Greetings, and welcome to VIEWING THE CLASSICS. Here you'll find capsule reviews of vintage movies from the early days of cinema through the 1970s, with a special emphasis on sci-fi, horror, and mystery movies. Be sure to check out the Pages links, where you can find a Film Index of all my reviews, links to the reviews organized by cast members, directors, and other contributors, and links to my reviews of the films of talented young director Joshua Kennedy.

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Tuesday, July 25, 2017

Bride Of The Monster (1955)

Starring Bela Lugosi, Tor Johnson, Tony McCoy, Loretta King, Harvey B. Dunn
Directed by Edward D. Wood Jr.
(actor & director credits courtesy

Local police try to investigate the mysterious disappearances of several people in a swamp, not realizing a mad scientist trying to create atomic supermen is behind it all.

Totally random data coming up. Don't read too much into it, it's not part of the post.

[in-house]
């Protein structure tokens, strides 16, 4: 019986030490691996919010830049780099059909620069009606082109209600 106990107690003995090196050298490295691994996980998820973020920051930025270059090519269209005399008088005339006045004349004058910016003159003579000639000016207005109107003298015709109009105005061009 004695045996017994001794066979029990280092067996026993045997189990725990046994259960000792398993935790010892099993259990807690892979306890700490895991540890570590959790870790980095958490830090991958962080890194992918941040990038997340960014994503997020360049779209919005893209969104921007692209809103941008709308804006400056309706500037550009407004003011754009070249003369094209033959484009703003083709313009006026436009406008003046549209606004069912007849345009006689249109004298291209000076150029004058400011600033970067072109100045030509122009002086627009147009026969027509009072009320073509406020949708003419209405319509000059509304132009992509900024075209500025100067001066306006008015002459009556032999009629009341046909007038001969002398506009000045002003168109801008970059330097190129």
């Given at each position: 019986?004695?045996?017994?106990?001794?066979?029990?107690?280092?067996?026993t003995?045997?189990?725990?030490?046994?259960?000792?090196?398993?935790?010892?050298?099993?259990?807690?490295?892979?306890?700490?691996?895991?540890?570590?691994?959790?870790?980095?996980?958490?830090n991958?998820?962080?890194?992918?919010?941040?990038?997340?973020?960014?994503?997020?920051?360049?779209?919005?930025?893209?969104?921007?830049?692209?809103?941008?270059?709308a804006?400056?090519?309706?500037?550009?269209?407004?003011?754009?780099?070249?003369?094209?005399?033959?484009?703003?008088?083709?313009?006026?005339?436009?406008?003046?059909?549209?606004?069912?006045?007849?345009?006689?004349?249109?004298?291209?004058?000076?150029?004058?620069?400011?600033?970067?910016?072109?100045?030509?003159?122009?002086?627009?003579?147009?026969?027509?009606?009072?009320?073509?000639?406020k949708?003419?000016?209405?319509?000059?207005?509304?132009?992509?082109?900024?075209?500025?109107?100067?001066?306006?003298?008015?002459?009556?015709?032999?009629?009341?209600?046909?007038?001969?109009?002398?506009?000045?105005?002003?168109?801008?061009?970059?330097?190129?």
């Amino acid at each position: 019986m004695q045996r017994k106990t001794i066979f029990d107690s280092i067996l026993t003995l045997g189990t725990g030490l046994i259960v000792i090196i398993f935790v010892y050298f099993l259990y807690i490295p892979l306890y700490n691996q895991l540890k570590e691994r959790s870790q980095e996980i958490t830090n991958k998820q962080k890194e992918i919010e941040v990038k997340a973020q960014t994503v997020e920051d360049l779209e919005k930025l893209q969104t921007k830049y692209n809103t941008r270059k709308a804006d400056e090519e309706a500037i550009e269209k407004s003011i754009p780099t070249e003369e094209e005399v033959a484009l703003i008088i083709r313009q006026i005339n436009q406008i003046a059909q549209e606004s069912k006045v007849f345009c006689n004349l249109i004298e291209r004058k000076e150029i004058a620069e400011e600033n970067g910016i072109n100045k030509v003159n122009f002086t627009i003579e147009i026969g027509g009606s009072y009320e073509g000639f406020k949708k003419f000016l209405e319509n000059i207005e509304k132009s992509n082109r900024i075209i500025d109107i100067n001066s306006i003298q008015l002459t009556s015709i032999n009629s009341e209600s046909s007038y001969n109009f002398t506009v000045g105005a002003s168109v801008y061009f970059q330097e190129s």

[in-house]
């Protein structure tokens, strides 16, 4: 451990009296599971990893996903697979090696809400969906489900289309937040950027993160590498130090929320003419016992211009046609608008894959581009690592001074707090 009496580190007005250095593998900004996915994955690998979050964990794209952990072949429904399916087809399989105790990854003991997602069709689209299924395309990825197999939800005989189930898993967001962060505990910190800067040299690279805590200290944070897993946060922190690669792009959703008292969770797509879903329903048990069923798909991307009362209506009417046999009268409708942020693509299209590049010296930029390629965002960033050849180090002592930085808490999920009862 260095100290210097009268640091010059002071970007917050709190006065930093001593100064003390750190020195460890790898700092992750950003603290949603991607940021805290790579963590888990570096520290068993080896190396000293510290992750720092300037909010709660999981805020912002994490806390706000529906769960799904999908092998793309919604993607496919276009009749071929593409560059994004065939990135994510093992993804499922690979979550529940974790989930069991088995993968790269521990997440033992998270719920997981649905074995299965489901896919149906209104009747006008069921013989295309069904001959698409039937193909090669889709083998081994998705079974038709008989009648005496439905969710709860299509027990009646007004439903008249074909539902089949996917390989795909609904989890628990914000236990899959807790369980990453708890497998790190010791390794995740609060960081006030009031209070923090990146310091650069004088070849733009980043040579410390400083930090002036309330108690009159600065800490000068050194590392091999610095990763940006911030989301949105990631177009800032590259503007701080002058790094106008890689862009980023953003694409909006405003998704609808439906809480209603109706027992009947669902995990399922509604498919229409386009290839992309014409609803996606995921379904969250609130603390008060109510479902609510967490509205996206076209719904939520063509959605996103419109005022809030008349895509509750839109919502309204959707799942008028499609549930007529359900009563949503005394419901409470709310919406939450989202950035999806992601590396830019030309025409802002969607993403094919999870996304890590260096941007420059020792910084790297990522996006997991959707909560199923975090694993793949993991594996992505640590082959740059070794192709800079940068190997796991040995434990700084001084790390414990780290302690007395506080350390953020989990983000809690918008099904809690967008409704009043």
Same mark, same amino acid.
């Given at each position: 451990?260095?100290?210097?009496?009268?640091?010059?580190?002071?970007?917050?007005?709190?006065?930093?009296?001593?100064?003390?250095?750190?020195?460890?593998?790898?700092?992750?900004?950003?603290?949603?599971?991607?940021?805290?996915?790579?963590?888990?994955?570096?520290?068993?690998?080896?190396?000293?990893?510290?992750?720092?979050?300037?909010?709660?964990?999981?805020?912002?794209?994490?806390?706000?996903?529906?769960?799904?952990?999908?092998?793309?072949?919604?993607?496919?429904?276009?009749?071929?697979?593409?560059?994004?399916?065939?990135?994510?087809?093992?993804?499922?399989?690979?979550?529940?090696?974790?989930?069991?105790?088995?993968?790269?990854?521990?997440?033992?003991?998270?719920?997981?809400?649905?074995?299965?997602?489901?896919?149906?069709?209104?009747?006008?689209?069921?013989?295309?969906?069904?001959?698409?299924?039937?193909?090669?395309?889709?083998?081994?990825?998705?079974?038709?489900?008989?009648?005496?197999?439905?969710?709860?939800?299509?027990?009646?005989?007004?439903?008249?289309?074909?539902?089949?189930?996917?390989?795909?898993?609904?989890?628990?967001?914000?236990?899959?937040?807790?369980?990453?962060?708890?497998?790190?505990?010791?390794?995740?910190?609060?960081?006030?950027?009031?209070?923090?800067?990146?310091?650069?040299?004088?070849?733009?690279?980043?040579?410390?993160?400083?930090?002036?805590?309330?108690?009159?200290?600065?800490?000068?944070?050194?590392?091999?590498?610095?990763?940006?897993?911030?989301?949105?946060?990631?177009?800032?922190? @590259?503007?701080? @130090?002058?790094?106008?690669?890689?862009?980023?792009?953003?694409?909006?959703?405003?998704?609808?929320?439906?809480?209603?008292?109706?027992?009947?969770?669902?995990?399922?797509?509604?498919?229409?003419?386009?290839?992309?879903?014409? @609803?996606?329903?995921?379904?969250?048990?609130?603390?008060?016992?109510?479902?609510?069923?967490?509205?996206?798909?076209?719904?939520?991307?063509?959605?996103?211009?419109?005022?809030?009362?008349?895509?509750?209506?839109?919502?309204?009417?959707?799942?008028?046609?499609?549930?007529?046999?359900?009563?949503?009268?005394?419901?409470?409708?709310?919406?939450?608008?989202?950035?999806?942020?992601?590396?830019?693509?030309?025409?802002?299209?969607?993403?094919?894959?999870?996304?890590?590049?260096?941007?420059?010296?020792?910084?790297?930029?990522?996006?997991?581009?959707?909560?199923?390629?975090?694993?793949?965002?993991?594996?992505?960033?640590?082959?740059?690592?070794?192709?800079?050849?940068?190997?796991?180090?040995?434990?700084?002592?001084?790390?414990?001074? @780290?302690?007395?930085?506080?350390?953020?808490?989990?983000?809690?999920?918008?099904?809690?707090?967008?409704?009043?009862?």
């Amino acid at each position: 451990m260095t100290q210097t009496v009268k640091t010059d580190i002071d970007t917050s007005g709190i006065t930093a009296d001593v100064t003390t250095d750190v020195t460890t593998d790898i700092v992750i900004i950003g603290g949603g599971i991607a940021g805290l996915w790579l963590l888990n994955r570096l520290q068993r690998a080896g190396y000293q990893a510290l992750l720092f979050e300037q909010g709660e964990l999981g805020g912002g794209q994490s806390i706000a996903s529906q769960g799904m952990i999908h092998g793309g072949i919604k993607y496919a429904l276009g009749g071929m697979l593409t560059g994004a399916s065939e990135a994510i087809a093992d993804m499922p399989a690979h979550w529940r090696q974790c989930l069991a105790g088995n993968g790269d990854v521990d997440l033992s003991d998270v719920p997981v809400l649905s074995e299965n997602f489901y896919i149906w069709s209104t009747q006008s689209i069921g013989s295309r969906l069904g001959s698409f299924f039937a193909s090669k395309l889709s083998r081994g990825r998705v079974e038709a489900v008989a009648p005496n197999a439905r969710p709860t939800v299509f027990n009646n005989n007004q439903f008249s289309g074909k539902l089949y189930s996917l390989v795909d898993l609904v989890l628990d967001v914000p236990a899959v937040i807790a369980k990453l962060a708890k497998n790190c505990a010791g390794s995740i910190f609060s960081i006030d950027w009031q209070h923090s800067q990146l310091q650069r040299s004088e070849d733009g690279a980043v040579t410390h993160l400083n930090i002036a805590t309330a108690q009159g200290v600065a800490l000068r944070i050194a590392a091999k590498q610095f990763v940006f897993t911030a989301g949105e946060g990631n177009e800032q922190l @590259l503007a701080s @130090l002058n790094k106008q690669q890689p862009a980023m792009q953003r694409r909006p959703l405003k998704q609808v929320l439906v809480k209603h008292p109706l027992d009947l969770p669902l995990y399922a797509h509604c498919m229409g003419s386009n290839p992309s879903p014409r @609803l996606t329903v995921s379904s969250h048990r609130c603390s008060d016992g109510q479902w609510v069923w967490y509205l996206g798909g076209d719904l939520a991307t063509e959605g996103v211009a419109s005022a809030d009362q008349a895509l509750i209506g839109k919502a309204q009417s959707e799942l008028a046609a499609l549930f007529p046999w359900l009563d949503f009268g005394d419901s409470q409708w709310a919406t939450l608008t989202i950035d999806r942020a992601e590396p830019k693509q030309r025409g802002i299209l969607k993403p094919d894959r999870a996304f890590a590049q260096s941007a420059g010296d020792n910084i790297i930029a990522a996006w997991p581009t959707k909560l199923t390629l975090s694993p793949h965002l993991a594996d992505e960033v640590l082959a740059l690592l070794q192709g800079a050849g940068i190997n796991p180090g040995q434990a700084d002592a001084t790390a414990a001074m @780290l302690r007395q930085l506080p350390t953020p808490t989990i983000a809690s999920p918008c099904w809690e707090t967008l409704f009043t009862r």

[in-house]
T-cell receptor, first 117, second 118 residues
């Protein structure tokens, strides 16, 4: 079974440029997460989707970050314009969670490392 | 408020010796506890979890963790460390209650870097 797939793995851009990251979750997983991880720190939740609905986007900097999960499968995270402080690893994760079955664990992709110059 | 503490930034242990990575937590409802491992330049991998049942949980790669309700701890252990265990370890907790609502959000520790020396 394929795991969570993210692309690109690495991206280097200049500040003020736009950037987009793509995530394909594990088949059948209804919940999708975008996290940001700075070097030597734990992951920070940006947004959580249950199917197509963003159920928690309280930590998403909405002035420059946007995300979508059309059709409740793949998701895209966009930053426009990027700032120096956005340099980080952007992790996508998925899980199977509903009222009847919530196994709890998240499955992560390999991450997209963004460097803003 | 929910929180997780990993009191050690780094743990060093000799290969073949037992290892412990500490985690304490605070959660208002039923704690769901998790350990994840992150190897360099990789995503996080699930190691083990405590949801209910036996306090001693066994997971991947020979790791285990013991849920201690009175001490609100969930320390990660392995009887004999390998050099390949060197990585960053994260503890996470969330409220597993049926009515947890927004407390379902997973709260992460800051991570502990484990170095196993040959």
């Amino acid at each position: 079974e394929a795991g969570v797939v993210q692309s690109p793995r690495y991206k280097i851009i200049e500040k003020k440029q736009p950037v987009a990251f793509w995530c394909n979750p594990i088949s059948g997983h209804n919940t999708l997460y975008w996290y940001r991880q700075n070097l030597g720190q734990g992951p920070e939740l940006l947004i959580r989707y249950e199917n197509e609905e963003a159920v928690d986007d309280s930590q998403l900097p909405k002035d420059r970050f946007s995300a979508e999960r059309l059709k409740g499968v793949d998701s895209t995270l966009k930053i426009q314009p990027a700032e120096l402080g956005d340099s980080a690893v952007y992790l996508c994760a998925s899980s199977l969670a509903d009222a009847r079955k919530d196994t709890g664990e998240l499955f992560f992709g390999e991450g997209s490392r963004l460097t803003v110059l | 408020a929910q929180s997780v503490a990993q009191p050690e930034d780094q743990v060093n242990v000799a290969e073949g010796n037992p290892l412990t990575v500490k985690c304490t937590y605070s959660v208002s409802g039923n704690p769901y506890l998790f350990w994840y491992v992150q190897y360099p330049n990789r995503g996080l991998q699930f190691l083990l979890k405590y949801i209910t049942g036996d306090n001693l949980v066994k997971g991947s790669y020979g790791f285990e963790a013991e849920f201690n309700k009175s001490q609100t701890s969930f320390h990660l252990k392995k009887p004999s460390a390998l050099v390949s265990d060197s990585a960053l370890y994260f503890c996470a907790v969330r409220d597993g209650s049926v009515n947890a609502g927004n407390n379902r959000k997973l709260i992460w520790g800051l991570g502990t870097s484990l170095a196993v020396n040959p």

Notorious writer/director Ed Wood was behind this often ridiculed science fiction thriller, and there's plenty of his hallmarks here, perhaps best summed up by the inanimate octopus prop that "murders" its victims, and the clumsy integration of it with live octopus footage.  There's also some less than talented actors in the film, led by Loretta King, who gives an overblown performance as a smarmy newspaper reporter.  However, this is also just about the last starring role for Bela Lugosi, and it shouldn't disappoint his fans, for although he's over the top at times, he sure seems like he's giving it his all as the demented Dr. Vornoff, who hypnotizes King with probing eyes and extended fingers in scenes right out of Dracula.  Some of the dialogue Wood and co-writer Alex Gordon give him is ludicrous, but the actor somehow maintains his dignity.  I have to say that I enjoy Wood's films, despite the low-budget trappings and often inept staging, because they're certainly never boring, and have their own goofy charm.  And in this one, it's clear that a love and respect for Lugosi fashioned the role of one last mad scientist for the aged actor to play.

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